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Browsing named entities in Edward L. Pierce, Memoir and letters of Charles Sumner: volume 4. You can also browse the collection for October 17th or search for October 17th in all documents.

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Edward L. Pierce, Memoir and letters of Charles Sumner: volume 4, Chapter 51: reconstruction under Johnson's policy.—the fourteenth amendment to the constitution.—defeat of equal suffrage for the District of Columbia, and for Colorado, Nebraska, and Tennessee.—fundamental conditions.— proposed trial of Jefferson Davis.—the neutrality acts. —Stockton's claim as a senator.—tributes to public men. —consolidation of the statutes.—excessive labor.— address on Johnson's Policy.—his mother's death.—his marriage.—1865-1866. (search)
ess I do this there can be no happiness for me, and my idea will be quenched in darkness. But the good God that gave me this new life will, I trust, protect it. If you knew how little of design or will there was in what has occurred, you would see the Providence which has ruled. I have sent your note to her whom it so much concerns. Thank Mrs. Bancroft and Mr. Bliss, whom I should be glad to see, and believe me gratefully and sincerely yours, Charles Sumner. To Whittier he wrote, October 17:— To-day, at three o'clock, I shall be married, and at the age of fifty-five begin to live. Your good wises are precious to me. The unhappy sequel may as well be given here. After a few weeks in Newport and at the family home in Boston, Mr. and Mrs. Sumner began to occupy, just before the session in December, 1866, a house in Washington,—322 I Street. The various preparations for housekeeping were made; a French teacher engaged for the child; a pew in the Church of the Epiphany
Edward L. Pierce, Memoir and letters of Charles Sumner: volume 4, Chapter 52: Tenure-of-office act.—equal suffrage in the District of Columbia, in new states, in territories, and in reconstructed states.—schools and homesteads for the Freedmen.—purchase of Alaska and of St. Thomas.—death of Sir Frederick Bruce.—Sumner on Fessenden and Edmunds.—the prophetic voices.—lecture tour in the West.—are we a nation?1866-1867. (search)
er after the lecture, recalled the strangers whose coming was a mystery. Beaumont was probably with Tocqueville. His lecturing tour extended as far west as St. Louis and Dubuque, and as far north as Milwaukee. The appointments which he filled were as follows: Pontiac, Mich., October 7; Grand Rapids, October 8; Lansing, October 9; Detroit, October 10; Ann Arbor, October 11; Battle Creek, October 12: Milwaukee, Wis., October 14; Ripon, October 15; Janesville, October 16; Belvidere, Ill.. October 17; Rockford, October 18; Dubuque, la., October 19; Bloomington, Il., October 21; Peoria, October 22: Galesburg, October 25; Chicago, October 29; St. Louis, Mo., November 1; Jacksonville, Ill., November 2; Quincy, November 4. Aurora, November 5; La Porte, Ind., November 6: Toledo, O., November 7. A severe cold, accompanied with hoarseness and exhaustion, obliged him to give up his engagements in Iowa (except at Dubuque), and to rest a few days in Chicago. At Dubuque his welcome was from Hon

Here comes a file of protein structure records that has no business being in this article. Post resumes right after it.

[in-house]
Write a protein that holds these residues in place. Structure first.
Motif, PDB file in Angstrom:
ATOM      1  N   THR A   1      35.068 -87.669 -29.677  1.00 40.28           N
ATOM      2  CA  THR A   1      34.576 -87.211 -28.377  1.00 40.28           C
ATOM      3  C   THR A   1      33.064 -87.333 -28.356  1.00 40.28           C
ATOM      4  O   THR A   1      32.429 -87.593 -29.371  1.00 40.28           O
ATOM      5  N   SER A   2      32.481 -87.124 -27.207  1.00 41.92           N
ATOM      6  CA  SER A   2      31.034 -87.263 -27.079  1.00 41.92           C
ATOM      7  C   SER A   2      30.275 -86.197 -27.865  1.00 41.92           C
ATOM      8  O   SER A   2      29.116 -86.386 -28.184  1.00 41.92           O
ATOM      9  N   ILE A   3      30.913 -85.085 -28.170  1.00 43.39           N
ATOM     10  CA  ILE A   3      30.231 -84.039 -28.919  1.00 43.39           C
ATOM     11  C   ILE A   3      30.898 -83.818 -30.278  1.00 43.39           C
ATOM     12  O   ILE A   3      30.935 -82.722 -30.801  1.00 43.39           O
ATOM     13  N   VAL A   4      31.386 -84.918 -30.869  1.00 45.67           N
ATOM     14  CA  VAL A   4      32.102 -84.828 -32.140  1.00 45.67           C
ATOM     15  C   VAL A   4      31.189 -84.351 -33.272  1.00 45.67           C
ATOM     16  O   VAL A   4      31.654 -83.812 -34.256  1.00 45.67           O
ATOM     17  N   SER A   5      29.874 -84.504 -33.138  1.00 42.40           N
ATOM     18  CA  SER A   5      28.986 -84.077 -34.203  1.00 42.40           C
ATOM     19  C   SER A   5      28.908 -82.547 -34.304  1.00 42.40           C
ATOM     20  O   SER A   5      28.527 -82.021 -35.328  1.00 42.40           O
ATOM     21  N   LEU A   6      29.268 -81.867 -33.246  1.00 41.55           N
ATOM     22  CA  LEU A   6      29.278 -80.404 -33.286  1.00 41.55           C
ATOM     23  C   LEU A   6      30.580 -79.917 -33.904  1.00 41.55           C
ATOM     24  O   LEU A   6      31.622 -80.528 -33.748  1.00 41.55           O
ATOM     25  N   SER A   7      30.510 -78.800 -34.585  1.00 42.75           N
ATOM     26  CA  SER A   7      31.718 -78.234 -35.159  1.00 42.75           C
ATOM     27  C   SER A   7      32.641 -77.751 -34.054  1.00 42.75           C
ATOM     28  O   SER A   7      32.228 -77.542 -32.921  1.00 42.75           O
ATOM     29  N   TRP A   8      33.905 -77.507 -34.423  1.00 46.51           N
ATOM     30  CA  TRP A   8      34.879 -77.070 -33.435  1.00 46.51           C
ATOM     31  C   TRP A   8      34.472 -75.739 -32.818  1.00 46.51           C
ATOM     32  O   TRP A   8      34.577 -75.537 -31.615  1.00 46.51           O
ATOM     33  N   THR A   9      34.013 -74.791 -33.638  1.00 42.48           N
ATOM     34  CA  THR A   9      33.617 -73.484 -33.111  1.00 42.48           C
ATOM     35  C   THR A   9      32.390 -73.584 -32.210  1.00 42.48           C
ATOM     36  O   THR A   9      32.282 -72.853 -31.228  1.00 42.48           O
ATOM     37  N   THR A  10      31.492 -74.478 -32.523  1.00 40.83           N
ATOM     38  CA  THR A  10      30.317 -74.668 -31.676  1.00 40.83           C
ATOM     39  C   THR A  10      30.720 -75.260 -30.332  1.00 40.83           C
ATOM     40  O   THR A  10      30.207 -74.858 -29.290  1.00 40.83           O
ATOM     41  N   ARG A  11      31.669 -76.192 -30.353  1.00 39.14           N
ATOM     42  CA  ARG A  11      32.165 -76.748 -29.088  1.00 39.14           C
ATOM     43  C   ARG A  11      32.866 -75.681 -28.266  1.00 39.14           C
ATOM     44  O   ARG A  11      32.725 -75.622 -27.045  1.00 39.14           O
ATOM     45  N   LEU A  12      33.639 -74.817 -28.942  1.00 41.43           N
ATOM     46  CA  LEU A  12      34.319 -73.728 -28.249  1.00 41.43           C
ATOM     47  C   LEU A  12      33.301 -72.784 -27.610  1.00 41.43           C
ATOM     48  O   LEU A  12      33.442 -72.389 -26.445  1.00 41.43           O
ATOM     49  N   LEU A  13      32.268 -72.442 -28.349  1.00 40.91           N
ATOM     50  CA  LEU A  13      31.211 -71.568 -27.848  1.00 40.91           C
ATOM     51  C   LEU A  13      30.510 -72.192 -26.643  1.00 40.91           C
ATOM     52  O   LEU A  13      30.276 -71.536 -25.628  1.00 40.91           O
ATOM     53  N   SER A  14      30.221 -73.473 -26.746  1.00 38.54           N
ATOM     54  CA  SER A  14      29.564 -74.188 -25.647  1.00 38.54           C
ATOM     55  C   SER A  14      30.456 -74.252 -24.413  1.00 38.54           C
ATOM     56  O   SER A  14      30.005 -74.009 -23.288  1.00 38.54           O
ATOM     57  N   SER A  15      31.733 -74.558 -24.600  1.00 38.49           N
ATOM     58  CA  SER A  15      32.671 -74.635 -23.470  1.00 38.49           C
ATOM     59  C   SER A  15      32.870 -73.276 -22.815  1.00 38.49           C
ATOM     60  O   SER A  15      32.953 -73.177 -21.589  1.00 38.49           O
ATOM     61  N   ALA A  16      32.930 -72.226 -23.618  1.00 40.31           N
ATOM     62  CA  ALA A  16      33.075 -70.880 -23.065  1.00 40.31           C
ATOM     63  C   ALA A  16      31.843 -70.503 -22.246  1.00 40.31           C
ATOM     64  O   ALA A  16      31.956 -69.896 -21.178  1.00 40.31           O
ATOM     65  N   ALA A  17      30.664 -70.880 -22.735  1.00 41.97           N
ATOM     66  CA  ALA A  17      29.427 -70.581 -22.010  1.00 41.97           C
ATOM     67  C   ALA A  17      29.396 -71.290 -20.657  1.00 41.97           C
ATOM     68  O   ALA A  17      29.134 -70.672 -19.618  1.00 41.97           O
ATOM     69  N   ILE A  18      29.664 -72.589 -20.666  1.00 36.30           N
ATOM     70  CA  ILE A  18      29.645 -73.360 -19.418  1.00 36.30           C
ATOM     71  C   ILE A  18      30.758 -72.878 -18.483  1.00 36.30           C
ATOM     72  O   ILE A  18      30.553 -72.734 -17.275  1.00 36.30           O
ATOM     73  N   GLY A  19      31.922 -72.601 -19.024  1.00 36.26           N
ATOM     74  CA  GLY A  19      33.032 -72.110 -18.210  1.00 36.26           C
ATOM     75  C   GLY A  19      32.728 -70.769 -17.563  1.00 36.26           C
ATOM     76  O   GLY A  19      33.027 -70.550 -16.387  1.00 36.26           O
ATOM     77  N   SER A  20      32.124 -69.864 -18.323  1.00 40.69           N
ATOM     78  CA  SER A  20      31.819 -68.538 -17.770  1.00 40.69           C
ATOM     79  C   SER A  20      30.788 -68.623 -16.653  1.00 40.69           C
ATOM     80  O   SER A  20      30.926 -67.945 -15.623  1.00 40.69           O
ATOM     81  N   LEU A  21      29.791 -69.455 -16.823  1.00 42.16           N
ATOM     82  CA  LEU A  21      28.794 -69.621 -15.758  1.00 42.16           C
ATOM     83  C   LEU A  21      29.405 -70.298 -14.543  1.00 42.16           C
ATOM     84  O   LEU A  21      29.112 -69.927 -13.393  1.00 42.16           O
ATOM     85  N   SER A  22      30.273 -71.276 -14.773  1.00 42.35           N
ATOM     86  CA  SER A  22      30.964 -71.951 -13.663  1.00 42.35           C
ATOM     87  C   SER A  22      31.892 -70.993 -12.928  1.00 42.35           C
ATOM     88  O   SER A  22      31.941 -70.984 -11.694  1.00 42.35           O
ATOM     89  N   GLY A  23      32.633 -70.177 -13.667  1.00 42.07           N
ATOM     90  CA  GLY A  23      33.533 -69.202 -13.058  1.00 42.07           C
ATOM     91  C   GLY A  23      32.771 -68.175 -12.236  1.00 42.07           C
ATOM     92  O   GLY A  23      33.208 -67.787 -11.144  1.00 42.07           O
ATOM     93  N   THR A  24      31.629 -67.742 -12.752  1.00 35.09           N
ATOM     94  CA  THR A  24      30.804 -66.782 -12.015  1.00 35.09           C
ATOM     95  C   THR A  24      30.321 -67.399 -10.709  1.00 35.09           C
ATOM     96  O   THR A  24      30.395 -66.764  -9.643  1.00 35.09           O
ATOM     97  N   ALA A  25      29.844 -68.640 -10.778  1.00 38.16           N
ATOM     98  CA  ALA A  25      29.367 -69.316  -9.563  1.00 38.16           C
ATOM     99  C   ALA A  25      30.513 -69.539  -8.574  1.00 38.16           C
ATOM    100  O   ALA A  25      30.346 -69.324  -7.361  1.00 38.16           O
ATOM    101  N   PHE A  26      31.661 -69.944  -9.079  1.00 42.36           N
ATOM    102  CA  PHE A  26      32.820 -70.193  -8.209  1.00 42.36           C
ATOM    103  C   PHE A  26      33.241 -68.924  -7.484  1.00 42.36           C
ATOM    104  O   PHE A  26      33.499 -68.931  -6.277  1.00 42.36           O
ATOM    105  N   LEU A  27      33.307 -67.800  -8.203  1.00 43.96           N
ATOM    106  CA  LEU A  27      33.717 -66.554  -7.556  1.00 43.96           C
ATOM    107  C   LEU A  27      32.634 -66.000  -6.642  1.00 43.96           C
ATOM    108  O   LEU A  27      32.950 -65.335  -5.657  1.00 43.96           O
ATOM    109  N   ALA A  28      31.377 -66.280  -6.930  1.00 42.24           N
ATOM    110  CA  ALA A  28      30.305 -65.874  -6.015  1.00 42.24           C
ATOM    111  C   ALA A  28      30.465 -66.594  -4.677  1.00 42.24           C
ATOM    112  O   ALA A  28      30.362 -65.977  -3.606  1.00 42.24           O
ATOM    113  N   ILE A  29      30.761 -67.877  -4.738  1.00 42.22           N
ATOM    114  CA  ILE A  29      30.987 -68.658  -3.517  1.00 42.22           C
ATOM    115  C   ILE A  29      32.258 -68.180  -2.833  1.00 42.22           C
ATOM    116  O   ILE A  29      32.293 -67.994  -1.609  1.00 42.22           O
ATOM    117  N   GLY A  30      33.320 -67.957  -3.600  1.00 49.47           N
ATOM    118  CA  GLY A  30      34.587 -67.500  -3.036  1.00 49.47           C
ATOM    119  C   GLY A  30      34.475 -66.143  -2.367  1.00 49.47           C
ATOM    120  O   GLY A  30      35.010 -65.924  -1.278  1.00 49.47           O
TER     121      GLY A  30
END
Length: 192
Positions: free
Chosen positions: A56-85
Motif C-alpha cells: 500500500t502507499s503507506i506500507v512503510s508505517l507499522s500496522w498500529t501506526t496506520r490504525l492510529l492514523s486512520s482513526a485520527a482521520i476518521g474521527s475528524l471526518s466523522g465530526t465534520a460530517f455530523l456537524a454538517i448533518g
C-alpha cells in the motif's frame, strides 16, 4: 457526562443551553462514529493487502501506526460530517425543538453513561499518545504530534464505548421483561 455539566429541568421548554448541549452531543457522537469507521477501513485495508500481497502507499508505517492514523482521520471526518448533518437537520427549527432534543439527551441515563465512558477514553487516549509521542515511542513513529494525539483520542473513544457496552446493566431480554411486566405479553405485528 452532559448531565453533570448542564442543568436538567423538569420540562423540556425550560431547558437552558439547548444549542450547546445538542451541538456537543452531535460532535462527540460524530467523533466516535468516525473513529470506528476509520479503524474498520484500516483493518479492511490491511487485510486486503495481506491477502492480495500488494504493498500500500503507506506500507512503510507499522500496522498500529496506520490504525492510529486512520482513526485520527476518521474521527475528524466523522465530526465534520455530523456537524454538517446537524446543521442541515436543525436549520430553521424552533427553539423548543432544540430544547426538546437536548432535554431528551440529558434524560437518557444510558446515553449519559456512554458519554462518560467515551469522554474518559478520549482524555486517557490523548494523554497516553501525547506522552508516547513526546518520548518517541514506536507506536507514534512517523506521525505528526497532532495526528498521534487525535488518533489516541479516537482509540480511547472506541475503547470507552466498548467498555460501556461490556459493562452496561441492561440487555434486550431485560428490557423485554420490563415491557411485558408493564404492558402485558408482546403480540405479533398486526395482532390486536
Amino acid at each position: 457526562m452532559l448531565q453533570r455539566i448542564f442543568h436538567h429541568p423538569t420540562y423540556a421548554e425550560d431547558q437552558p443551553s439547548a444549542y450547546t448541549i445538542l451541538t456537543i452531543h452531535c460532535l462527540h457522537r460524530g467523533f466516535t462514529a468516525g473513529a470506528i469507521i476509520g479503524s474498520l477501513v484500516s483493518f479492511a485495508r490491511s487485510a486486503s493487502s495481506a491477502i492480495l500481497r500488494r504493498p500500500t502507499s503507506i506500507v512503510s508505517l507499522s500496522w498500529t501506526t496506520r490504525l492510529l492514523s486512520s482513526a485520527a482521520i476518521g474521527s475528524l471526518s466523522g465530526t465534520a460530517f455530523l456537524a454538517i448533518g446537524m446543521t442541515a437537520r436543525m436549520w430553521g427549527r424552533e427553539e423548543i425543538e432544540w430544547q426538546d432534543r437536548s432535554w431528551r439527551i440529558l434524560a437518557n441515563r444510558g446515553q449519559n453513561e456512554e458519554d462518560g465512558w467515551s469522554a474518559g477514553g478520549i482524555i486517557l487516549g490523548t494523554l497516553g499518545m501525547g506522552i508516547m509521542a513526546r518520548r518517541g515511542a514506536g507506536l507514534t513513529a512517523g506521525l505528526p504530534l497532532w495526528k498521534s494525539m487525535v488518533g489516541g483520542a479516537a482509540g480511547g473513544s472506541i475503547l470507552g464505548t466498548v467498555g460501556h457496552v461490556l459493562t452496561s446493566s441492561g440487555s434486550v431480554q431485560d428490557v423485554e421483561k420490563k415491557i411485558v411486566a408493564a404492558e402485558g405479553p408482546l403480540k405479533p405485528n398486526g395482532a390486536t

Edward L. Pierce, Memoir and letters of Charles Sumner: volume 4, Chapter 57: attempts to reconcile the President and the senator.—ineligibility of the President for a second term.—the Civil-rights Bill.—sale of arms to France.—the liberal Republican party: Horace Greeley its candidate adopted by the Democrats.—Sumner's reserve.—his relations with Republican friends and his colleague.—speech against the President.—support of Greeley.—last journey to Europe.—a meeting with Motley.—a night with John Bright.—the President's re-election.—1871-1872. (search)
lt that it was to be his last visit to Paris, and he made the most of his time, haunting the shops and the quais, and storing up old books, missals, manuscripts, bronzes, and china, which Mr. Cowdin assisted in forwarding. He wrote from Paris, October 17, to E. L. Pierce:— I have had much occasion latterly to meditate on the justice and friendship of this world, especially when crossed by the mandate of political power. I know the integrity of my conduct and the motives of my life. Nev, and who was afterwards offered the post of Secretary of State, Mr. Depew, as the anti-Grant candidate for lieutenant-governor of New York, made about forty addresses, the tenor of which may be found in the New York Tribune, Sept. 6, 20, 21; Oct. 17, 25; Nov. 3, 1872. What he said on the platform, and what Mr. Reid the editor said in his leaders, in the description of General Grant's personal and official qualities, was quite as severe as anything to be found in Sumner's treatment of the s